| ||This label is used on Greenseas tuna cans in Australia. According to Greenseas the tuna is not caught in the Eastern Tropical Pacific Ocean, nor are driftnets or gillnets used during the capture. The tuna is caught in either Australian waters or in the Western Pacific Ocean. Greenseas also meets the standards set by the Earth Island Institute mentioned above.|
| ||This label is used on John West Australia tuna cans. According to John West Australia, the tuna is caught using purse seine nets, with the exception being their pole and line caught range.|
| ||A Dutch label used by Princes foods on tuna cans. The text translates to "Caught dolphin friendly". More often, the label is in English and Princes products are sold in many European countries, especially the United Kingdom. According to the company, the label assures that no dolphins were chased or netted while fishing for the tuna, that the boats try to fish for tuna only when no dolphins are present, and that when dolphins accidentally end up in nets, they are released. It also meets the standards set by the Earth Island Institute mentioned above.|
||Sealord, a major fishing company in New Zealand, has a dolphin friendly label. The company states that they purchase tuna from companies that are certified and monitored by the Earth Island Institute.|
Virtually all canned tuna in the UK is labelled as dolphin-safe because the market is almost exclusively skipjack tuna. It is thus not implicated in the dolphin by-catch problem associated with the yellowﬁn tuna of the Eastern Tropical Paciﬁc consumed in the USA. The concerns being addressed in the UK are different from those in the USA: they are preventative to ensure that tuna sold does not become unsafe for dolphins, rather than rectifying an existing environmental problem.
The dolphin-safe movement in the U.S. was led by environmental and consumer groups in response to the use of total encirclement netting. With this method, fishermen surrounded dolphin pods along with the tuna they were catching and the dolphins were given no chance to escape before the nets were lifted. This resulted in large numbers of dolphins being killed, imperiling the survival of entire species of dolphin, specifically in the Eastern Tropical Pacific.
- Protecting dolphins from capture by purse seine nets.
- Providing labeling standards for tuna exported from or sold in the U.S.
- Setting penalties for noncompliance.
This protected dolphins in U.S. waters, but canneries were free to purchase tuna from domestic and foreign fisheries, so the U.S. regulations could not assure U.S. consumers they were purchasing dolphin-safe tuna. However, the US does have strict provisions for reviewing tuna imports, including requiring statements by onboard independent observers (most tuna purse seine vessels in areas that export tuna to the US now have observers onboard), as well as strong fraud protection laws against false claims of Dolphin Safe.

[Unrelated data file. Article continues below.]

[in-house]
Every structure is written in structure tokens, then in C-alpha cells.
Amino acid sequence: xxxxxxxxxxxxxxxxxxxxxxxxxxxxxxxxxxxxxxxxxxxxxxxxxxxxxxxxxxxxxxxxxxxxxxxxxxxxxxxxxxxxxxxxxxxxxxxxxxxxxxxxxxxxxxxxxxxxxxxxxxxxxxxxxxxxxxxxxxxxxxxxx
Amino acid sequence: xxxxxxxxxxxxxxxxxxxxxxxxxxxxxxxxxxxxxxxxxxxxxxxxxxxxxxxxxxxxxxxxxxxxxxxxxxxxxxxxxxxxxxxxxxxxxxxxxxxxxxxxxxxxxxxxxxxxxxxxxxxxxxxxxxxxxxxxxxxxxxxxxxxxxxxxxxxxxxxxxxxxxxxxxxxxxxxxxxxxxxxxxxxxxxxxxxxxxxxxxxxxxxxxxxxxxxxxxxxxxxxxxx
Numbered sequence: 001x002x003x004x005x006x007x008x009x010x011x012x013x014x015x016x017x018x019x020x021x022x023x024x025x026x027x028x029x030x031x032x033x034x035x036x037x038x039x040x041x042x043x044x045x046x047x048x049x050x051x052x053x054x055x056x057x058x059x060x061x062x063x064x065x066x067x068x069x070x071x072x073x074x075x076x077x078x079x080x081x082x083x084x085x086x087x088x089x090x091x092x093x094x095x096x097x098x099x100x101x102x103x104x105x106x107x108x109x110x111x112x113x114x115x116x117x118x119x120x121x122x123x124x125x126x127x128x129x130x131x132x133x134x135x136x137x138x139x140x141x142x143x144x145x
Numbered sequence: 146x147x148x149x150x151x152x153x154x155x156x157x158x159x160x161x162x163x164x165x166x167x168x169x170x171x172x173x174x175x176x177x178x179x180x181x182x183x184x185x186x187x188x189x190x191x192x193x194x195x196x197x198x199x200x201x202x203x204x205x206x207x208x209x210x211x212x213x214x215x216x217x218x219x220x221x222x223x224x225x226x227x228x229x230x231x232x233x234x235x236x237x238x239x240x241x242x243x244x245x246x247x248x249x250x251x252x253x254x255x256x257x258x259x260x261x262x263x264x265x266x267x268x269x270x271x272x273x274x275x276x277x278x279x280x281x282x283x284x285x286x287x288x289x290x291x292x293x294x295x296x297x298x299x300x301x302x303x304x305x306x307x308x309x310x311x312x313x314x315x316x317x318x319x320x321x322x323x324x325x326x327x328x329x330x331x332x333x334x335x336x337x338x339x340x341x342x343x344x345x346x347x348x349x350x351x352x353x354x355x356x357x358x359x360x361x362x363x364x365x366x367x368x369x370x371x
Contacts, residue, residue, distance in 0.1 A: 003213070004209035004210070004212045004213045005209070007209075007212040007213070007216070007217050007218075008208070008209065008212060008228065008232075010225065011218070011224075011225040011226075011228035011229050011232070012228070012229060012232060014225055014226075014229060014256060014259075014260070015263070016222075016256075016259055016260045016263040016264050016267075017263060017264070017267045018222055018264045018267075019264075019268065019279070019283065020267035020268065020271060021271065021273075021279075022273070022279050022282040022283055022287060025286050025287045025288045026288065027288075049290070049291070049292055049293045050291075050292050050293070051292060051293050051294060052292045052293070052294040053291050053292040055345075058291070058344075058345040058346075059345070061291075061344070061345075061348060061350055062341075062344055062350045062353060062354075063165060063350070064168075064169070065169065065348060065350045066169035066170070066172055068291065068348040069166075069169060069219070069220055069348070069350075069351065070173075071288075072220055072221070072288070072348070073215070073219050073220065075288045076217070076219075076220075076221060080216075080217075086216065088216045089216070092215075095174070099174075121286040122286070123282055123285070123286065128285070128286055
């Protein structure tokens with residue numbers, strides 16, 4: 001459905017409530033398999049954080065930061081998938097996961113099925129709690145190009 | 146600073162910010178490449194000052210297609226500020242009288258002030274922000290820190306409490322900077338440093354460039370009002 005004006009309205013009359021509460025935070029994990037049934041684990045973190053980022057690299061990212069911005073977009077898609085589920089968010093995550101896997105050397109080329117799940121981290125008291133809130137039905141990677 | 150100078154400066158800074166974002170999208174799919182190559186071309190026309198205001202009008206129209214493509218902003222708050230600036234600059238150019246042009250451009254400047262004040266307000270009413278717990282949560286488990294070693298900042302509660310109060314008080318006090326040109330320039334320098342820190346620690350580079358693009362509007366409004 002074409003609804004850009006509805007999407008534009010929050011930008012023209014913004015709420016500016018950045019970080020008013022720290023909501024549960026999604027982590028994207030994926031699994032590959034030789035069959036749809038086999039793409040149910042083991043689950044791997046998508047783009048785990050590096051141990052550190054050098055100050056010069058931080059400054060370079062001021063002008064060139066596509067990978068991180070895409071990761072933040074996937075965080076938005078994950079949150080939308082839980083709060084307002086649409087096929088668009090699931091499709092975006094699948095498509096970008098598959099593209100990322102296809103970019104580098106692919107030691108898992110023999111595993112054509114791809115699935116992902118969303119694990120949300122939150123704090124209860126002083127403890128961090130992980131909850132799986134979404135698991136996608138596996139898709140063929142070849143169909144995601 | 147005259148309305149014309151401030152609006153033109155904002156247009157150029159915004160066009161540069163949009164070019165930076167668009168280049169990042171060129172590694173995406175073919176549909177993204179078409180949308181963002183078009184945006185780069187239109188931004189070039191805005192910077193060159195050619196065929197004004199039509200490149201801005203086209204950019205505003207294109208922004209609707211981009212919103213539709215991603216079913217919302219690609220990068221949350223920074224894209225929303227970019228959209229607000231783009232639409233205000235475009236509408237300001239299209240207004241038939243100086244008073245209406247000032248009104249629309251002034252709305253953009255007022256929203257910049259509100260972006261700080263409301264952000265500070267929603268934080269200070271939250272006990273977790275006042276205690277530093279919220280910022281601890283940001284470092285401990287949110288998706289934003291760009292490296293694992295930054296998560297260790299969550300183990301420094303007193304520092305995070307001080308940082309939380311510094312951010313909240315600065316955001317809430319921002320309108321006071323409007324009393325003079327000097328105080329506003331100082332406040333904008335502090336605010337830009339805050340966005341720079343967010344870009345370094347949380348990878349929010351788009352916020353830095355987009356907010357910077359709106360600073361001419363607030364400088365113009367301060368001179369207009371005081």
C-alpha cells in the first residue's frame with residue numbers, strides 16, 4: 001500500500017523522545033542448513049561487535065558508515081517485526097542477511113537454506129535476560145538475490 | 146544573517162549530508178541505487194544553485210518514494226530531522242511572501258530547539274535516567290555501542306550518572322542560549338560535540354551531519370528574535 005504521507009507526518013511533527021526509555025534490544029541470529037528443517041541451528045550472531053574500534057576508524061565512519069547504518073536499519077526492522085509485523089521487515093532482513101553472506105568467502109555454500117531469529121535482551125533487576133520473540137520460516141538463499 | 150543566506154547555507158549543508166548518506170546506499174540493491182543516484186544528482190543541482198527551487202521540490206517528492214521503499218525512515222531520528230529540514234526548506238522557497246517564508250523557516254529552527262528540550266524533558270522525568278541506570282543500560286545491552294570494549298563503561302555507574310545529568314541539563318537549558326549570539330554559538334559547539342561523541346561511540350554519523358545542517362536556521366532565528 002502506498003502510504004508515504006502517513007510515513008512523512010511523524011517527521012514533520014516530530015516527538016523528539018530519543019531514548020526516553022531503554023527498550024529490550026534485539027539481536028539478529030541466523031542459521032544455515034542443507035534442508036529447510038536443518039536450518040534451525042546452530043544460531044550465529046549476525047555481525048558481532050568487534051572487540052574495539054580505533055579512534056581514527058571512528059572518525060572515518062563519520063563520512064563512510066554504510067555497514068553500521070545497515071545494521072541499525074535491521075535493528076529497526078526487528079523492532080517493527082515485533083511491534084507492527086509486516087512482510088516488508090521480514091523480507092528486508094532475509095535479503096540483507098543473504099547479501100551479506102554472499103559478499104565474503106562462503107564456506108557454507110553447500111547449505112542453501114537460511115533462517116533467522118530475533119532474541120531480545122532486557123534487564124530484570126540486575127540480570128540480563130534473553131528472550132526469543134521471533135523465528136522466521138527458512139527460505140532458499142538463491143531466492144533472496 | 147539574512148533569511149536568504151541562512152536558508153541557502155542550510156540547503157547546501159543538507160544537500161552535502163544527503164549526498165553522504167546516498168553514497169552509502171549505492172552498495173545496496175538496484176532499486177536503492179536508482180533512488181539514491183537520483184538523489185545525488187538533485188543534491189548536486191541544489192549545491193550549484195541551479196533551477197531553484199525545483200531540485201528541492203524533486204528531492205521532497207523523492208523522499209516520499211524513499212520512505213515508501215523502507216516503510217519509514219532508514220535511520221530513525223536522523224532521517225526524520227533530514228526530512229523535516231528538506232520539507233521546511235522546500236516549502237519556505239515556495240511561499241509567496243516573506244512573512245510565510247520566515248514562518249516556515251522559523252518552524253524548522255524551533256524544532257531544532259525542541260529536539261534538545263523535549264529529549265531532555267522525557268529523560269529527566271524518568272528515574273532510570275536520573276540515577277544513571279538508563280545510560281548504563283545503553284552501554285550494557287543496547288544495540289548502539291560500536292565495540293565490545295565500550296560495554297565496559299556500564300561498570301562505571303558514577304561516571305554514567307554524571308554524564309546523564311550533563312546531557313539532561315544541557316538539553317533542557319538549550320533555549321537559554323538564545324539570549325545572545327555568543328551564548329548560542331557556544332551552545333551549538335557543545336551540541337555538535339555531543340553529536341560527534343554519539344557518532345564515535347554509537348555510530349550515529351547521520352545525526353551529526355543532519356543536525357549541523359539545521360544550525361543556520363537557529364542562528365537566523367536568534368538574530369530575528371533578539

| ||The United States Department of Commerce dolphins safe label was established in 1990. Standards for the label state that tuna caught using purse seine fishing methods within the Eastern Tropical Pacific Ocean did not involve the deliberate netting or circling of any dolphins. This must have been verified by an observer from the National Marine Fisheries Service on the fishing vessel that caught the fish. Tuna caught using a different method or in most other ocean areas may be given this label without any outside observation.|
| ||The Flipper Seal of Approval dolphin safe label is an initiative by the organization EarthTrust. Most notable requirements are that it does not allow tuna caught using driftnets, gillnets, by the intentional setting of purse seine nets on dolphins, or, in the Eastern Tropical Pacific Ocean, any method except for hook and line fishing. Independent observers from EarthTrust must be allowed to monitor the fishing process.|
| ||This dolphin safe tuna label is an initiative from the Earth Island Institute. Requirements are that dolphins may not be intentionally chased, circled or netted; driftnets and gillnets cannot be used. Fish from a dolphin unfriendly source may not be added at any stage. This label has come under scrutiny by the World Trade Organization and environmental groups in the U.S. for failing to ensure that dolphins are not harmed and for failing to account for non-dolphin bycatch. These claims do not take into account that the Dolphin Safe label was never meant to be a "sustainability" label for tuna, and that Earth Island works with tuna fishermen to avoid and reduce bycatch of non-target species.|